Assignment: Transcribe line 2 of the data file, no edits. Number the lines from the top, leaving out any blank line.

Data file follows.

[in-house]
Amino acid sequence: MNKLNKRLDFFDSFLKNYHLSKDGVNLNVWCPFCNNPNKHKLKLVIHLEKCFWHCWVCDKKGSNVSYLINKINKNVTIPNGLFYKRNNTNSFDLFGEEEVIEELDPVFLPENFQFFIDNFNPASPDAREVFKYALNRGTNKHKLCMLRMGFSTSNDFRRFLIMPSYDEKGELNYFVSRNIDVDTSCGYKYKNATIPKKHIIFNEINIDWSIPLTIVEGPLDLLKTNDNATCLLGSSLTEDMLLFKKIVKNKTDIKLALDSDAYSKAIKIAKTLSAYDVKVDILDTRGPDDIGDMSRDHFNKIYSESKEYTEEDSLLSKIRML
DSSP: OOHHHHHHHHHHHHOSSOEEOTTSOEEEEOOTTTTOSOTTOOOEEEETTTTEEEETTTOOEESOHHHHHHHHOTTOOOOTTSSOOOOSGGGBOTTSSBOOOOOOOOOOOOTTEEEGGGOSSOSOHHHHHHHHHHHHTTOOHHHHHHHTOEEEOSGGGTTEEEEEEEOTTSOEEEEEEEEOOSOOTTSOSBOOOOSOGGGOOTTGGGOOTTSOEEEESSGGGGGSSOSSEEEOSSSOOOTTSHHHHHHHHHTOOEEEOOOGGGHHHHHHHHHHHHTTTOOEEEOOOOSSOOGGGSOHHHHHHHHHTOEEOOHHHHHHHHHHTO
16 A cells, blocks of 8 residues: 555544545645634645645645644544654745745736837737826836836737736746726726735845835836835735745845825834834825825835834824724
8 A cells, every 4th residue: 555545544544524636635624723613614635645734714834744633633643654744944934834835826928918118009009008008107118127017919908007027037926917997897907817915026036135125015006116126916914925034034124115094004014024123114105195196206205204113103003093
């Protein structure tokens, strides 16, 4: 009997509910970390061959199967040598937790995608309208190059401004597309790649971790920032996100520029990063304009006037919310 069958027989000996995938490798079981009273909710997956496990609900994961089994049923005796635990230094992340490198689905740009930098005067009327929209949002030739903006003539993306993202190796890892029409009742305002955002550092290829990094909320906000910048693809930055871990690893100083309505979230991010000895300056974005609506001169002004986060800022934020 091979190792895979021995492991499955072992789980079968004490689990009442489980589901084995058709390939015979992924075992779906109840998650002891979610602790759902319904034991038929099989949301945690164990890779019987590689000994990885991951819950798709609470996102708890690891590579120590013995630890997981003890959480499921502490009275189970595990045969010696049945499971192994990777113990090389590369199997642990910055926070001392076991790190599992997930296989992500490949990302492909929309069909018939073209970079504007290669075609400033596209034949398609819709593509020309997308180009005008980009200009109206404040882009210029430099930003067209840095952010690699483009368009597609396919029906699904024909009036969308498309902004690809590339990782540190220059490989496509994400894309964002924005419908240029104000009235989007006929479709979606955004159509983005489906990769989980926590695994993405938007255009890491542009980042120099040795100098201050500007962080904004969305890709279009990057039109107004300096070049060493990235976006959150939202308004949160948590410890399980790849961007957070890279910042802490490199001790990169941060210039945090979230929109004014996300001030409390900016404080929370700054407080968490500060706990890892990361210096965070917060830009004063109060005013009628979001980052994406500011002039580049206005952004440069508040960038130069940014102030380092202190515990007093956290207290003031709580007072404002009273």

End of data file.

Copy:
Amino acid sequence: MNKLNKRLDFFDSFLKNYHLSKDGVNLNVWCPFCNNPNKHKLKLVIHLEKCFWHCWVCDKKGSNVSYLINKINKNVTIPNGLFYKRNNTNSFDLFGEEEVIEELDPVFLPENFQFFIDNFNPASPDAREVFKYALNRGTNKHKLCMLRMGFSTSNDFRRFLIMPSYDEKGELNYFVSRNIDVDTSCGYKYKNATIPKKHIIFNEINIDWSIPLTIVEGPLDLLKTNDNATCLLGSSLTEDMLLFKKIVKNKTDIKLALDSDAYSKAIKIAKTLSAYDVKVDILDTRGPDDIGDMSRDHFNKIYSESKEYTEEDSLLSKIRML